A Taste of Skye

We decided to load the bikes onto the camper and head out west to base ourselves in Reraig for a few days. This route could easily be achieved as a day trip from Moray and is worth the effort. We stayed at the Reraig Caravan Site which was a lovely quiet site, immaculately kept and just 3 miles from Kyle.

We opted for a ciruit that looked like pretty good value – and we weren’t disappointed.

glenelg ferryStarting from Reraig we took the A87 west to Kyle and then headed over the bridge to Skye. This was fabulous as the weather was clear and the views spectacular. Once on the island we followed the (only) road for around 2 miles until we reached a left junction signposted for  Kylerhea and the Glenelg Ferry. This is a long and steady uphill pull with some small rollercoaster sections. The last 2 miles are an ear-popping descent down winding single track roads and the first section is not for the faint-hearted!

We had a short wait for the ferry which runs every 20 mins or so (summer only) and cost £4 per bike. A beautiful ride over deposits you in Glenelg where we took a slight detour into the village in search of coffee. We were well fed and caffeinated at the Way Out West Cafe & Picturehouse and from there we set-off on the Old Military Road to Shiel Bridge. eilean donanThis was a lung-busting steady climb most of the way, but you are rewarded with a fantastic downhill for the last 3 miles or so. You may be tempted to fly down here, but we would recommend that you restrain yourself so that you can enjoy the views down to Loch Duich and across to the 5 Sisters.

Once over Shiel Bridge it’s back on the main road for a while, however we took a detour up to Carr Brae – another steep uphill but a spectacular reward at the top and worth the effort. The descent is fun and takes in views of Eilean Donan Castle along the way.

Just after Dornie we took another slight detour through Ardelve to avoid the busy main road. The it was back on the A87 and very soon we were home.

A thoroughly wonderful day out.

Approx 40 miles

Highland Bridge-hopping

As the sun finally came out and the forecast was dry, we decided to make a day of it and head out for a longer cycle. We started and finished in Nairn but the route can be adapted to start in Forres if you prefer.

From Nairn we took the Grantown Road to Ferness where we took the Carrbridge turning and continued along the rollercoaster-esque road passing Lochindorb. The hills are relentless, but the scenery is wonderful and definitely worth the effort. After all those hills we were ready for some breakfast, and this came in style at The Old Bakery, Carrbridge – A CTC accredited cafe where our water bottles were filled as soon as the waitress spotted them on the table.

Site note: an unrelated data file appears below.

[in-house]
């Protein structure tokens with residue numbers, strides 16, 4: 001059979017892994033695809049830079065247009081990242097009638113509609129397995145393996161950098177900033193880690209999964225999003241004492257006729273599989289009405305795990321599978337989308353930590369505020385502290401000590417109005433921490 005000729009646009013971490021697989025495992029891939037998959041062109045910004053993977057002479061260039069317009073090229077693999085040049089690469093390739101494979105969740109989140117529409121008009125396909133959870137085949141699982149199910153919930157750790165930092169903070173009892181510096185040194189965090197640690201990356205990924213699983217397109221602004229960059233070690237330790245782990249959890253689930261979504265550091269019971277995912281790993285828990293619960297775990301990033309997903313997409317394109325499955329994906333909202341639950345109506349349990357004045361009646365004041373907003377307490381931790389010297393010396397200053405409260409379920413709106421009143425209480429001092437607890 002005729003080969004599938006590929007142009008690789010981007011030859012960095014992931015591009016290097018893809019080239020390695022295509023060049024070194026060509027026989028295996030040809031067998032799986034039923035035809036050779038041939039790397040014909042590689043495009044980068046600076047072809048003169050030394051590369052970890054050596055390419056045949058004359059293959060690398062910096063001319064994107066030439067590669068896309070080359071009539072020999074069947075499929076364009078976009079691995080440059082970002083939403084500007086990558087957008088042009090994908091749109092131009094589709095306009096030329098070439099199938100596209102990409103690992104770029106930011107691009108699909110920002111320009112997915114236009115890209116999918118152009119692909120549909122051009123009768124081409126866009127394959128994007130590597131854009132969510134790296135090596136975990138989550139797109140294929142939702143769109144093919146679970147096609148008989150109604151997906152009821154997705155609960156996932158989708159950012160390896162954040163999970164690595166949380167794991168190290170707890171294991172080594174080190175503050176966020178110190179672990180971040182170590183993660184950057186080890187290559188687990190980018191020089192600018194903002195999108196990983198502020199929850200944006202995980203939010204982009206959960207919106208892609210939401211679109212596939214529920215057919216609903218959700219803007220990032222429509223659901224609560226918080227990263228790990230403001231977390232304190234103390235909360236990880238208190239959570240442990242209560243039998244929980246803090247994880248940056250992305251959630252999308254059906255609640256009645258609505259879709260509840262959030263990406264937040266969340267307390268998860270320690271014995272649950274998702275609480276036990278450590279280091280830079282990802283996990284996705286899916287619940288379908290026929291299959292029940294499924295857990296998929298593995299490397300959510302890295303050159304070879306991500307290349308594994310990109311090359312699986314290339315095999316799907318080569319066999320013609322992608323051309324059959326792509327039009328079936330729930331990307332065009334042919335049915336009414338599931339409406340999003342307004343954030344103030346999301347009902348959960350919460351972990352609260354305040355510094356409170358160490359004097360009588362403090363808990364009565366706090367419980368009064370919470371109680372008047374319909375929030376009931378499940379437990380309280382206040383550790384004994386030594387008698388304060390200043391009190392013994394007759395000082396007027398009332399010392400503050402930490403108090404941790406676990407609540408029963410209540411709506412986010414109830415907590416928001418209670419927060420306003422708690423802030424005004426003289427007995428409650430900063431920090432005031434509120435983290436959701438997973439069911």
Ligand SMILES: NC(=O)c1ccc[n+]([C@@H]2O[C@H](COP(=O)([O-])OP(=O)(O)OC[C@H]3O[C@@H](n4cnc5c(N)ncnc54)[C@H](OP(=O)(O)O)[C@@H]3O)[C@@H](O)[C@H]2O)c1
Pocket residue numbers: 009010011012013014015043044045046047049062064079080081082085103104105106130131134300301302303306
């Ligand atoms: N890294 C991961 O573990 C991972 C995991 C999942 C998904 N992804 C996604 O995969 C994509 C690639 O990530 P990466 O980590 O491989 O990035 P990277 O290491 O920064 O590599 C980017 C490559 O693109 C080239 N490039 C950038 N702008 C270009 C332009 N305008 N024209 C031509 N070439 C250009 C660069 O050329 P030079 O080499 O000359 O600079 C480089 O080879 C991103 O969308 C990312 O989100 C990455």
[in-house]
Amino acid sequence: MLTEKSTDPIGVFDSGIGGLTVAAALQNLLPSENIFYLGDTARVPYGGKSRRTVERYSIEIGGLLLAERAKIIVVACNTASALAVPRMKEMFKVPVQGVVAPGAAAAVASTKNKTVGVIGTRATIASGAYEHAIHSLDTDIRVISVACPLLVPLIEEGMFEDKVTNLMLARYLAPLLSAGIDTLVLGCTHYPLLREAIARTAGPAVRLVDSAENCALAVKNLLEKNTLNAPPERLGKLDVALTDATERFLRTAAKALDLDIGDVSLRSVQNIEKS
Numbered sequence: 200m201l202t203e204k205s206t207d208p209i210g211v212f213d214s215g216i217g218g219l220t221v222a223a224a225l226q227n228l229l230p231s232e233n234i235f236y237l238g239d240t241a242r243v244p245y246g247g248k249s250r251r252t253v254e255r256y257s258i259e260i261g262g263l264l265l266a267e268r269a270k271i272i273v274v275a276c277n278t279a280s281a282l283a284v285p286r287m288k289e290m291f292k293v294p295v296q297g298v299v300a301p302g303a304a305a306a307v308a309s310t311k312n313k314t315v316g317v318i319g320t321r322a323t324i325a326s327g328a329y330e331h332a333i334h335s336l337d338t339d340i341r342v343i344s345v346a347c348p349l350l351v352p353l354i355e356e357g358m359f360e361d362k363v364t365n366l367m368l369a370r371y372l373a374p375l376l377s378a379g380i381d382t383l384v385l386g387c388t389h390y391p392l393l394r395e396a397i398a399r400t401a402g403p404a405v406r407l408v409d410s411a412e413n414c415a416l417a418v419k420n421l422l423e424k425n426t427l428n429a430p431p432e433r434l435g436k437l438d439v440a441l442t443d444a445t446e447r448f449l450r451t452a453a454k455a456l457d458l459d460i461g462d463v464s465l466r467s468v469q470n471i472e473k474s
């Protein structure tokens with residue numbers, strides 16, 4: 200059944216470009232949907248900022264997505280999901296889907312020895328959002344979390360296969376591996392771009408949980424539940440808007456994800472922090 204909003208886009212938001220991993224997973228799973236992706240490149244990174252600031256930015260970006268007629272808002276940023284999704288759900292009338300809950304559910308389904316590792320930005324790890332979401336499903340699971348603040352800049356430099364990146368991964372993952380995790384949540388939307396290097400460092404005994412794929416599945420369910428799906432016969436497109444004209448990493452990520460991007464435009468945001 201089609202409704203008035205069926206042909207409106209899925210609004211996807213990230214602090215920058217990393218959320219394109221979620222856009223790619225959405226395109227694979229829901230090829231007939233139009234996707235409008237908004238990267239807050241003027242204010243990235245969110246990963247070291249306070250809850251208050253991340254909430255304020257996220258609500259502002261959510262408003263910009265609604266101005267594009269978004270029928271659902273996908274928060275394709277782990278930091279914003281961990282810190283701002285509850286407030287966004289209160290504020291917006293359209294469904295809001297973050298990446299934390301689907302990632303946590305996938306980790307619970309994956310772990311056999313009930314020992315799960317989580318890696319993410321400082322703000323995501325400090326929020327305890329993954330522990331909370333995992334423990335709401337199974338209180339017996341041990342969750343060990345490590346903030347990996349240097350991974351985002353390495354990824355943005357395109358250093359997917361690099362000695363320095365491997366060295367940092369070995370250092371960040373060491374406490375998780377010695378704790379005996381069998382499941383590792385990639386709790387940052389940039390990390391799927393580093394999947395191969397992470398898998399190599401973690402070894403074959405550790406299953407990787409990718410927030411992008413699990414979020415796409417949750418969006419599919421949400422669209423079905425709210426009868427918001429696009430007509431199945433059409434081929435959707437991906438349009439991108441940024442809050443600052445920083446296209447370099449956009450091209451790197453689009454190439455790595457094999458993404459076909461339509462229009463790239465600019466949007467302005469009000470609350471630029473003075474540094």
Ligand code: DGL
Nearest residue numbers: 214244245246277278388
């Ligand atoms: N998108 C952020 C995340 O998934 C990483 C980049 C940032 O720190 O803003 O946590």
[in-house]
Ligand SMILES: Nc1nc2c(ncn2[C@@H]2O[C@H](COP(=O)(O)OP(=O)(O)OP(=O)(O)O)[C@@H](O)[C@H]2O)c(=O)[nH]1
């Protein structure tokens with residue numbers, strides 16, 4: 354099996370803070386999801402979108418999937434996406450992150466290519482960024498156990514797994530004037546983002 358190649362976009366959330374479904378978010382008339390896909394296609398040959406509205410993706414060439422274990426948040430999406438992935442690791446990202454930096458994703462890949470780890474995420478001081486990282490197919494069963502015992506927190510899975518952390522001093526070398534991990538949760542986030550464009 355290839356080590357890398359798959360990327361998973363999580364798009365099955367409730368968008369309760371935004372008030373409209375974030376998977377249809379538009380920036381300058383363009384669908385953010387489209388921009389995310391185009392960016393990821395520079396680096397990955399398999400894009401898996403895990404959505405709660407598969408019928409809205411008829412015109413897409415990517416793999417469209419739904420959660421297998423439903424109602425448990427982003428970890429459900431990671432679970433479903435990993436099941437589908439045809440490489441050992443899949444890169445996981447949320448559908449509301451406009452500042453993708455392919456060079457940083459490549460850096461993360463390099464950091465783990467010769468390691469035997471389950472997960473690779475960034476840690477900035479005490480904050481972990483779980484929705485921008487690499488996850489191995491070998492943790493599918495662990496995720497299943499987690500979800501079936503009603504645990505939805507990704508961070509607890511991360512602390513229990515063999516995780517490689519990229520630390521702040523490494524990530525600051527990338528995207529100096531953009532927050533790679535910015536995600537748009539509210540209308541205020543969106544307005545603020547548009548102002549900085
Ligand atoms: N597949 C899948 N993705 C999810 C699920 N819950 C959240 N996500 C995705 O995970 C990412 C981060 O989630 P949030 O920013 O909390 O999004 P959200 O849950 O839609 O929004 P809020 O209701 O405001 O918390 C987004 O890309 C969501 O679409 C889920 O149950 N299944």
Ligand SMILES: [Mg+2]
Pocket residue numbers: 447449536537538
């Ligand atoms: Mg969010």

On leaving Carrbridge, take the Inverness road where you will begin to follow Sustrans Route No. 7. This takes you to Slochd Summit [the highest point on the A9] and you will cycle on a mixture of quiet roads, cycle track and bits of the old A9, passing through Tomatin and Moy. Once more, the scenery is lovely and the hills are much gentler on the legs than those earlier on the route. At Daviot the route follows are more north easterly direction towards Culloden where we took a very slight [and well worthwhile] detour to Cantraybridge College to see a fine young fellow called Alex. This is a great place to stop and wander round the beautiful grounds where you can enjoy everything from coffee and cake to dancing parrots!

Once more refreshed we cycled the last dozen or so miles  passing through Cawdor on easy flats and downhills to Nairn. A marvellous route and a great day out.

Approx. 64 miles

Delay at Darcey’s: A Cawdor Circuit

Well, the weather improved – and then promptly plunged back into winter. So as it’s still chilly and wet, we thought a medium-length route was in order with a start and finish in Nairn.

From Nairn take the Grantown Road and then bear right at Househill along the Sustrans Cycle Route 1. You will continue to follow the Cycle route 1 signs and go through Raitloan, Regoul and Meikle Urchany. This is beautiful countryside so remember to slow down and take in the surroundings. At Little Urchany we dropped down to Cawdor where we stopped for some delicious coffee and cake at Darcey’s Tea Room. You may want to take the opportunity to have a tour around Cawdor Castle and gardens while you are there.

From there we went over to Clephanton where we took the B9091 back to Nairn.

Next month we hope to explore similar territory, but venture a good bit further on Cycle Route 1 to make it a 70-80 mile circuit. So if you’ve got the miles in your legs, watch this space……

Approx 25 miles

UPDATE: Apparently, Darcey’s Tea Room has closed since writing this, but there are alternatives just around the corner in the village.

A Pre-spring Circuit from Elgin

So the days are getting longer and the weather is trying to be kinder, and we thought that you might feel like turning your pedals a little longer as a result. This month we’re making Elgin our start and finish point, but you will see that it’s easy to amend this route to start and finish in Forres.

From Elgin town centre, take the A941 Rothes Road and follow this all the way to Aberlour. This can be a busy road, so perhaps best to choose your start time carefully. Once in Aberlour, you might like to stop at Fresh on Spey Bistro where you can enjoy anything from a coffee to a full lunch. If you’re feeling like something more substantial, then the Mash Tun serve excellent pub food. There are plenty of hills on the way home, so don’t feel too guilty!

Out of Aberlour, continue along the A941 for several miles until you see the road on your right signposted for Carron. This is a lovely winding, hilly road that will take you past the distillery and along the side of the Speyside Way. At the end of this road you will come to a T-junction. Take a left here and continue to Knockando.

At the end of the village take the right turn to Dallas [signposted Forres] and once in Dallas take a right and then another right at the T-junction at the end of the village. This road will take you through Kellas along the Pluscarden Road, and back to Elgin.